Commuting from Richmond to London

Many new residents choose to move to Richmond in order to take advantage of the beautiful setting,  rich history and exceptional academic standards in local educational establishments.   And as a result, house prices have risen as increasing numbers of young professionals have moved here.

In fact, recently released figures by the Office for National Statistics have indicated that Richmond upon Thames is now one of the “poshest” areas in the whole of the UK. According to the data, just under half of residents fall into the highest social grades based on the profession of the head of each household – or, more specifically, pinpointing the fact that 48.1 per cent of us work in either a managerial or professional role.

Another reason for Richmond upon Thames’ boom in popularity becomes very clear. With only a short commute into Central London, young professionals seeking the best of both worlds – a profitable working life in the busy city contrasted by a peaceful home setting – have found their safe haven right here. Yet while enjoying the peace of a rural setting certainly has its advantages, the nightmare of rush hour traffic can certainly pose a problem.

The question, then, is how exactly workers travelling to the City can make the most of their location. Is it truly possible to make the daily commute less of a chore?

Taking the Train

With only 15 miles to travel before reaching Central London, the District Line can zip you into Central London, and if you live outside of Richmond or Kew (our only tube stations in the Borough) there are plenty of railway stations that will take you through to Vauxhall and Waterloo.

Of course the trains get pretty busy, so if you are not bound by strict working hours, catching a slightly later train will certainly earn you a seat.

Daring to Drive

There are many, many reasons not to drive into Central London first thing in the morning. One of the most pertinent reasons is that everyone else appears to, and another is the much-blasphemed against Congestion Zone. Yet perhaps the most convincing reason to buy a bike instead is the cost of driving these days – petrol and diesel is on the up, parking fees in the city centre could feed a family for a week and then there is the buying of the car itself!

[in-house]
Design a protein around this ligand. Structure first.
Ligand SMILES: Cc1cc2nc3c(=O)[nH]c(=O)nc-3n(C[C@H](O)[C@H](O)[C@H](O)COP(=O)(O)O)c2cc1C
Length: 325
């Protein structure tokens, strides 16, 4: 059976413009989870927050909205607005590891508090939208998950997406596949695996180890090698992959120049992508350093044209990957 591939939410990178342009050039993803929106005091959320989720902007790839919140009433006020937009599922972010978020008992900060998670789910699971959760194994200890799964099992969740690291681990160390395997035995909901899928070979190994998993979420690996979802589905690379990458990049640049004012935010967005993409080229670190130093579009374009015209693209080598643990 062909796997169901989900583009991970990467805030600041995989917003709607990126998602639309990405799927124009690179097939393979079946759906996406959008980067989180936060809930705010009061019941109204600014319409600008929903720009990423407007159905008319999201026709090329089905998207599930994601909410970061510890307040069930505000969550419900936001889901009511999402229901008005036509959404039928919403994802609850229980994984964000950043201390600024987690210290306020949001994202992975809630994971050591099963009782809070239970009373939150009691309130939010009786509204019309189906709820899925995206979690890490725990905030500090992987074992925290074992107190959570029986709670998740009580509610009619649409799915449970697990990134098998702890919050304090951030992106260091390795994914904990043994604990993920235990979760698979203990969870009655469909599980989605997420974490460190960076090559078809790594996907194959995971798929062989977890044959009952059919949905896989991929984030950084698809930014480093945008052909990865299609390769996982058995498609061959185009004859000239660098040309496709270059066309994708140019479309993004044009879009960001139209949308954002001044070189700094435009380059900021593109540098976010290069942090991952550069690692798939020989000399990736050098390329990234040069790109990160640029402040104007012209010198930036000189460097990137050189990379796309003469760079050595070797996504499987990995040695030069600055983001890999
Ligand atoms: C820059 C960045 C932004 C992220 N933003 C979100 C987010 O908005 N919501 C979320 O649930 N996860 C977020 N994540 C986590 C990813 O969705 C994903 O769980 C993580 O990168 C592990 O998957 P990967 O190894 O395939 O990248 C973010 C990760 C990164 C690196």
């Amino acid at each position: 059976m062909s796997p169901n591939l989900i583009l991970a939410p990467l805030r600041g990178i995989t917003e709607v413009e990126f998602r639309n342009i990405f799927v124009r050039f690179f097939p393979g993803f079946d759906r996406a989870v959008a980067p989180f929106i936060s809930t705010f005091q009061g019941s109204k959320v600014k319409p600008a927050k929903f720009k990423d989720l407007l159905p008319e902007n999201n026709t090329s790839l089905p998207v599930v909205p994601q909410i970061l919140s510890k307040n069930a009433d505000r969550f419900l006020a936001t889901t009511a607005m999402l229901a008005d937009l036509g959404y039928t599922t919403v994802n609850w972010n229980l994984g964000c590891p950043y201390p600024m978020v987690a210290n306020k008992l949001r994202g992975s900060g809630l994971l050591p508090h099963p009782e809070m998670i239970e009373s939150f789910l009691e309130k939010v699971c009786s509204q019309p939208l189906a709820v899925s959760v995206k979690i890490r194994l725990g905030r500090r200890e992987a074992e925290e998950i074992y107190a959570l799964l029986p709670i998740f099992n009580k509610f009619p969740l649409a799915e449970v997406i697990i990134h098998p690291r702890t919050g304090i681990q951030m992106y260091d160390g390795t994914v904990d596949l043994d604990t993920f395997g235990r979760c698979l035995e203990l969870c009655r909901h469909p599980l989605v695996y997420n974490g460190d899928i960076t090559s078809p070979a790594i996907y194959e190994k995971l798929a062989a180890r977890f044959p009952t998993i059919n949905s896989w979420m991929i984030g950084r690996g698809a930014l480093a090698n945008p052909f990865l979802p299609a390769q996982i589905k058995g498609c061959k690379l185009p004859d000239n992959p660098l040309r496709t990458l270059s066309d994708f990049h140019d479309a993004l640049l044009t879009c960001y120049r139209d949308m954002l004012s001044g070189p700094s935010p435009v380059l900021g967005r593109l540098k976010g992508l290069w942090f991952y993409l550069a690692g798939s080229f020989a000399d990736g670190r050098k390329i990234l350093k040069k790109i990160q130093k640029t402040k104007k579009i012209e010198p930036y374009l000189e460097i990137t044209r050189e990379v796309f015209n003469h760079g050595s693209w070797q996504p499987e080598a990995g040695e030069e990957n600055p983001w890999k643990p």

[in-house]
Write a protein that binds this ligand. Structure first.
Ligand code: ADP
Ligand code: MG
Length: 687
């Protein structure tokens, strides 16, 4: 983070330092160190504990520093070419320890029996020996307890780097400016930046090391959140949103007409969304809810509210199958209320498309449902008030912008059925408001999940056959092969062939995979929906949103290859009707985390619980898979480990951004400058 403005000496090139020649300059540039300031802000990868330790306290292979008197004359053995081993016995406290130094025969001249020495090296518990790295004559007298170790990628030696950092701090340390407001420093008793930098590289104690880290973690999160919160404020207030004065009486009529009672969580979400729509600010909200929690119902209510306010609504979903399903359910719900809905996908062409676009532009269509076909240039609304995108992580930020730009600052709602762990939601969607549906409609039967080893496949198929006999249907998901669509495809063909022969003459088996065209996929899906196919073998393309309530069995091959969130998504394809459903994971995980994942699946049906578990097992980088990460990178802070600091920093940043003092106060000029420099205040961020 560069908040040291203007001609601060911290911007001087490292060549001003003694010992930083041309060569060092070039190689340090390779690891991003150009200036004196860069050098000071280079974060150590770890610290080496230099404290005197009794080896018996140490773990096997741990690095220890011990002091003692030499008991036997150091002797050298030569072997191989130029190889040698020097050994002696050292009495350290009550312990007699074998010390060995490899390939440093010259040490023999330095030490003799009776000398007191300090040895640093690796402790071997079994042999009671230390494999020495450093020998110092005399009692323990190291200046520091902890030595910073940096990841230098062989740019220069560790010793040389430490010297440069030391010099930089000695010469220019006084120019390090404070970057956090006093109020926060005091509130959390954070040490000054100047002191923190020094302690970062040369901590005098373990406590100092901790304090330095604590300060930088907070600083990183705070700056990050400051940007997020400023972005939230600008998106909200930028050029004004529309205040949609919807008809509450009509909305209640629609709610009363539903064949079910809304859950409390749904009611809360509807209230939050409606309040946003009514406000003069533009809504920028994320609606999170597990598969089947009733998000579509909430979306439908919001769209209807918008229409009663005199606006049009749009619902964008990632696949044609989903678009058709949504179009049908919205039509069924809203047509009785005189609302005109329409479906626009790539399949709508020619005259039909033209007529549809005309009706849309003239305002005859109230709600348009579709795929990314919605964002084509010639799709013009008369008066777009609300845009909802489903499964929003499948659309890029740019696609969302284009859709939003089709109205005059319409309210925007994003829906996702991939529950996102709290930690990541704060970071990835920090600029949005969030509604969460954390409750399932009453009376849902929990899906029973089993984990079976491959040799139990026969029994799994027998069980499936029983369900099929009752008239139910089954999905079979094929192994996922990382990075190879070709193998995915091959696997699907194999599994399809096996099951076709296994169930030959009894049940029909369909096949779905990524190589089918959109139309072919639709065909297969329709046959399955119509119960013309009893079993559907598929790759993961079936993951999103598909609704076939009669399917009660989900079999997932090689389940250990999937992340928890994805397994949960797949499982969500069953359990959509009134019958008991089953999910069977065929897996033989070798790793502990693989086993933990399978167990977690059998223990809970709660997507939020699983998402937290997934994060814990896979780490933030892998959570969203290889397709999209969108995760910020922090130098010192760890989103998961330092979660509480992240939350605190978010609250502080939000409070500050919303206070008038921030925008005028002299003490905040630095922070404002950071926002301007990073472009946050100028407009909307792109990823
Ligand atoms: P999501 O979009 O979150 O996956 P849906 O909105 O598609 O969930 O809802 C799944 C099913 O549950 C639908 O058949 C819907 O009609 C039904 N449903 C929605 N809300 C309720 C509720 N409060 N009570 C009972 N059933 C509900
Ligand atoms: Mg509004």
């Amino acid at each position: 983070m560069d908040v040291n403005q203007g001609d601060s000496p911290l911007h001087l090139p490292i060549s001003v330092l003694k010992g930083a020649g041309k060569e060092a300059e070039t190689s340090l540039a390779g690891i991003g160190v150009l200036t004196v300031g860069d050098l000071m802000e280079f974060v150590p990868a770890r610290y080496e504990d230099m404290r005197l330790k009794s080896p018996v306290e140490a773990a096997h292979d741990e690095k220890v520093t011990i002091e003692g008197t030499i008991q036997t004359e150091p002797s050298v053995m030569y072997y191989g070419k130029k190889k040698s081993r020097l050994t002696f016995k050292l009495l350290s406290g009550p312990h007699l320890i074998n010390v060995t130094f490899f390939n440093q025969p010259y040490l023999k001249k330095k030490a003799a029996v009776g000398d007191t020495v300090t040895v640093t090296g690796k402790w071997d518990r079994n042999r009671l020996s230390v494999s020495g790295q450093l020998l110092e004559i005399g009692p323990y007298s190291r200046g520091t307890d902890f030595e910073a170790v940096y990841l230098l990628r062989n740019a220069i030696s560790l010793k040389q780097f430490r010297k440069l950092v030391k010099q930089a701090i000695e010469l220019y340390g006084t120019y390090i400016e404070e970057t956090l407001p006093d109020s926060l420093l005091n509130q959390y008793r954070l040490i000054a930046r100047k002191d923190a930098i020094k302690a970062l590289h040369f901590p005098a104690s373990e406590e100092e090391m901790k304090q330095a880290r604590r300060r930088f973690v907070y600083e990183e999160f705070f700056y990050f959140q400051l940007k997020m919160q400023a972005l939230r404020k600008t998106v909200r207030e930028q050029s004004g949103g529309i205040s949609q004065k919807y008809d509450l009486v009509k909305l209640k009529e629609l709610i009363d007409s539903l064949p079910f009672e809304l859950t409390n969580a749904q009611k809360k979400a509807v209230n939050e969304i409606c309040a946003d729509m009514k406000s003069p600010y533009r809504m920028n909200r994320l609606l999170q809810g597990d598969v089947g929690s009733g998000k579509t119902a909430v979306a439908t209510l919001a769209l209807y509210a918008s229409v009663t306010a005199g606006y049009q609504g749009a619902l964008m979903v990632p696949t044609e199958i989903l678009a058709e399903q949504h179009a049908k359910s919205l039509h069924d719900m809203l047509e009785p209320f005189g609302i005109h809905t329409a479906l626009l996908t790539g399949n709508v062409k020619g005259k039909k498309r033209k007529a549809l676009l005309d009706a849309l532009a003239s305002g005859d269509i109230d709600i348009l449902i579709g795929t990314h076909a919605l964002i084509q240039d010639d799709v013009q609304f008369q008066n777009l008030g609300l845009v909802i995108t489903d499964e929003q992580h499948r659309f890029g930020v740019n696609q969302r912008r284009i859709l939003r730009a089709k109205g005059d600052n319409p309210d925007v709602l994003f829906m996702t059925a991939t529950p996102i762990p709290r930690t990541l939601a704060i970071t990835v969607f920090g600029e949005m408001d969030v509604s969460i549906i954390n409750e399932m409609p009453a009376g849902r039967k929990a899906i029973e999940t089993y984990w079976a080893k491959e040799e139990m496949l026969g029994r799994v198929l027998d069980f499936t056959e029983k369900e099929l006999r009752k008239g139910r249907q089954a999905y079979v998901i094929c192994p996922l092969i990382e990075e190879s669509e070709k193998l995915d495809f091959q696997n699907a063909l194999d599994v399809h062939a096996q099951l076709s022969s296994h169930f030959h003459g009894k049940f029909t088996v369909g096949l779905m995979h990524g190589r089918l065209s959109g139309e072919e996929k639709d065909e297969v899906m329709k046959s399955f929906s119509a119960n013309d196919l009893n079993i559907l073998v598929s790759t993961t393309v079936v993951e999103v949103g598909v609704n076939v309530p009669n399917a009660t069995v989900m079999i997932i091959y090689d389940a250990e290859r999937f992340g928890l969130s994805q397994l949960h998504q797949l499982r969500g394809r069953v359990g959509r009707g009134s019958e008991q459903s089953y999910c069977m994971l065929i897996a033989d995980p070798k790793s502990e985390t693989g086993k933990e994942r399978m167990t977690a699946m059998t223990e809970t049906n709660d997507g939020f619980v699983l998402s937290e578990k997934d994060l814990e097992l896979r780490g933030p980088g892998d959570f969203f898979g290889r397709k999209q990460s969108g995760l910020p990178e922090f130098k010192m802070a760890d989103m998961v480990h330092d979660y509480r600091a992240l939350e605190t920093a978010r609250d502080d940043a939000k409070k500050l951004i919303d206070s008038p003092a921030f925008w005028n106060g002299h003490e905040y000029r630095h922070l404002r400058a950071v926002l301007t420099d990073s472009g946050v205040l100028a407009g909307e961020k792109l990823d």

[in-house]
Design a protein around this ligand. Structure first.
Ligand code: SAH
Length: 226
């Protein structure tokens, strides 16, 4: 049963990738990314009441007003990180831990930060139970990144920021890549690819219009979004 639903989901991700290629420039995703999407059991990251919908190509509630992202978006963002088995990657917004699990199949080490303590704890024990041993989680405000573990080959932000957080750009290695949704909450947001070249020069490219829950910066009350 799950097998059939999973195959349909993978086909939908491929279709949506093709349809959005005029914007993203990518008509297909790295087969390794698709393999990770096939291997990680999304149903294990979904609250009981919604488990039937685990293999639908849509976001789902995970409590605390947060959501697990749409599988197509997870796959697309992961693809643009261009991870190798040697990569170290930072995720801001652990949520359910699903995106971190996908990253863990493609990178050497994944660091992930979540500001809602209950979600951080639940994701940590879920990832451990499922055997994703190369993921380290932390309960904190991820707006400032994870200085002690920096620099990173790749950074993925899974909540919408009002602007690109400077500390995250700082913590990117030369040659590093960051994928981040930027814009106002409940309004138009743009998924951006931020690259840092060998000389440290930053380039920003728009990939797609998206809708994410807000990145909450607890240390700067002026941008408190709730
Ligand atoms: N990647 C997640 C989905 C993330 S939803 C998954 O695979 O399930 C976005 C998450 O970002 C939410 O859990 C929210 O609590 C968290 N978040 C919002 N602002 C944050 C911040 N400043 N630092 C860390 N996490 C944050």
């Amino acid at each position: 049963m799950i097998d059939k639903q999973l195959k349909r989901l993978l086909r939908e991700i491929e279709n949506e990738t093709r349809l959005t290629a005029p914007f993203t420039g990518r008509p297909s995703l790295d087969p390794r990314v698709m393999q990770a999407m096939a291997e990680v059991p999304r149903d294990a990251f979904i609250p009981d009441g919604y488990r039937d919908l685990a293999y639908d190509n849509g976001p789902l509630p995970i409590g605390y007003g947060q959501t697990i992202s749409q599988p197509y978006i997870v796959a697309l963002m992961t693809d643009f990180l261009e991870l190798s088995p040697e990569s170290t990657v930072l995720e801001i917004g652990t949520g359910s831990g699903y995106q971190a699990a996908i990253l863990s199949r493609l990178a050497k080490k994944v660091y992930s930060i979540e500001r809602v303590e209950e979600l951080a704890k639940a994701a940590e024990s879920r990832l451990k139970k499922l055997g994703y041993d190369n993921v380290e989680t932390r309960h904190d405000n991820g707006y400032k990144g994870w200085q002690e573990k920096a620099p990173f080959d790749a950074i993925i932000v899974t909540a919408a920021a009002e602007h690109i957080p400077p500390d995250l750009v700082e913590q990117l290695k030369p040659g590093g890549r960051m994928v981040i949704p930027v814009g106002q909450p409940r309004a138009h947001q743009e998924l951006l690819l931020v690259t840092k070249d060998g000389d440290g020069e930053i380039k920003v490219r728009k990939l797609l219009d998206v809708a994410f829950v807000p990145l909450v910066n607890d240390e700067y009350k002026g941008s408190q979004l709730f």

Fortunately, a number of options exist to make this method of travelling more enjoyable and easier on the pocket to boot. First of all, keeping an eye on the Highways Agency Traffic Information feed will notify you of any traffic jams or accidents on your route in to work, as well as offering a journey planner to help you find an alternative route.

Yet if you do end up in a traffic jam, turning off your engine will save you from burning money, and car manufacturers are increasingly cottoning on to “just add fuel” incentives – meaning that the only cost you will have to worry about when buying your car is petrol itself.

Take Advantage of the Thames

No, we’re not suggesting a morning swim! Taking a leaf out of Venice’s book, Transport for London has started to offer water buses for commuters seeking an altogether more peaceful commute. As an alternative to saving money by buying a season ticket, the option of going “private” and hopping on a high-speed catamaran will cut your commuting time – making the possibility of having a lie-in entirely achievable.

In Richmond upon Thames, the river bus boards at Kew Bridge and lies conveniently close to a new scheme of high-end apartment buildings (aka posh flats).

Should professionals consider take advantage of this altogether smoother means of transport, one compelling reason is bound to convince even the most wary of nautical novices – while it may be possible to cram hundreds onto a Tube carriage, boats have maximum capacities and everyone must have a seat.

If a morning mini-cruise doesn’t improve the travel to work, quite frankly, nothing will!

You can find out more about local transport on our imaginatively titled transport page.